I just watched a video that shows how real numbers are constructed using Dedekind cuts, and what I understood was that a real number is a subset of Q which, among a few other conditions, contains no greatest element. The video also shows an example of how this property can be proven for $\sqrt 2$. I also found these proofs for $pi$ and $e$.
I was wondering if there was another way to construct the reals using Turing machines, since the Dedekind cut feels a bit like a "by negation" kind of definition, and a Turing machine would be more of a procedural, actual way to construct them. But it turns out Turing machines are countable and reals are not, so there must be real numbers that can't be computed by Turing machines.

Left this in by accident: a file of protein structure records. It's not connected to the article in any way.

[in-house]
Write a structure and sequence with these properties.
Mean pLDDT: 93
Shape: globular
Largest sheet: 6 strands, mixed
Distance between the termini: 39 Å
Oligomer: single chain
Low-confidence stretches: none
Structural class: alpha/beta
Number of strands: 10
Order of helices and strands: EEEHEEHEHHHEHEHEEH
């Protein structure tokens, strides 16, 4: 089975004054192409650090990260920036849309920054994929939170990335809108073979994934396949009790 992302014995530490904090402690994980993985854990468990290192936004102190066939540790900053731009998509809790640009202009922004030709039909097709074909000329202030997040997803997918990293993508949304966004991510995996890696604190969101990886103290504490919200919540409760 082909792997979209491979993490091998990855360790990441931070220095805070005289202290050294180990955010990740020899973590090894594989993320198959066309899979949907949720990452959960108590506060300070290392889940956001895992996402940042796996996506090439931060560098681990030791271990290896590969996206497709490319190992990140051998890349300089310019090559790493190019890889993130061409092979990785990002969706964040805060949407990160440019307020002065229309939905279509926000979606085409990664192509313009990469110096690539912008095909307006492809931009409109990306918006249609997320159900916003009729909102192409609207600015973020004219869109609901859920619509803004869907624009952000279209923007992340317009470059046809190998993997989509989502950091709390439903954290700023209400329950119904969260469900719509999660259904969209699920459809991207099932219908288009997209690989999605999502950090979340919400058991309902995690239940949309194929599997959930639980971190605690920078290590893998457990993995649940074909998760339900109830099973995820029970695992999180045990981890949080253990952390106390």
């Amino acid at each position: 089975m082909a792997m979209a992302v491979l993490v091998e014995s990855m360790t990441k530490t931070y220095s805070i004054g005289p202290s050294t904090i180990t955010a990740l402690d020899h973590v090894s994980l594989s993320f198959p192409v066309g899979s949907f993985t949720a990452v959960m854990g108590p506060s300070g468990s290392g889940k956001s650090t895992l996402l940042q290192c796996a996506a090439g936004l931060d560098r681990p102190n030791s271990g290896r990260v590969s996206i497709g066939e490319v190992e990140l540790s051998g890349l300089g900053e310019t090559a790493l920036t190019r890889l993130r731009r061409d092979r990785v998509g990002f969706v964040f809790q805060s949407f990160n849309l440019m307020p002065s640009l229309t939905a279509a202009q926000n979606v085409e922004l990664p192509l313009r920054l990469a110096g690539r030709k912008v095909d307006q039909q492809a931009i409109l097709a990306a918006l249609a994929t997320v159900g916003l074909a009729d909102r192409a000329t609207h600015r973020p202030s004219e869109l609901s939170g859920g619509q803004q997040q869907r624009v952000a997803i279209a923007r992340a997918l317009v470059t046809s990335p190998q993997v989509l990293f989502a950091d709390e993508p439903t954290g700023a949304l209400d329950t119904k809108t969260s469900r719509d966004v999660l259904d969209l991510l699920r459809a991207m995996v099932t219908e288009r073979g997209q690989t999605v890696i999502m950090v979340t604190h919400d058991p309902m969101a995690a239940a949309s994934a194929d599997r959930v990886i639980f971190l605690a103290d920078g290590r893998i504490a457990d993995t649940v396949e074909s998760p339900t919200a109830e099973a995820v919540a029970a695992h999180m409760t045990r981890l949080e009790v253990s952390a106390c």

Which then led me to this other question, in which they give a few samples of non-computable real numbers. But now I wonder, given any of these numbers (say Chaitin's constant), can we prove that the Dedekind cut that corresponds to this number (and to every other number that we intuitively think of as a real number) has no greatest element? Or could it be the case that Chaitin's constant turns out to be a non-real number (which I have no idea what it'd even mean, since it definitely seems to be a point on the real line)?
I know there are other ways to construct real numbers that I haven't learned about yet, so perhaps one of them can be used to prove it?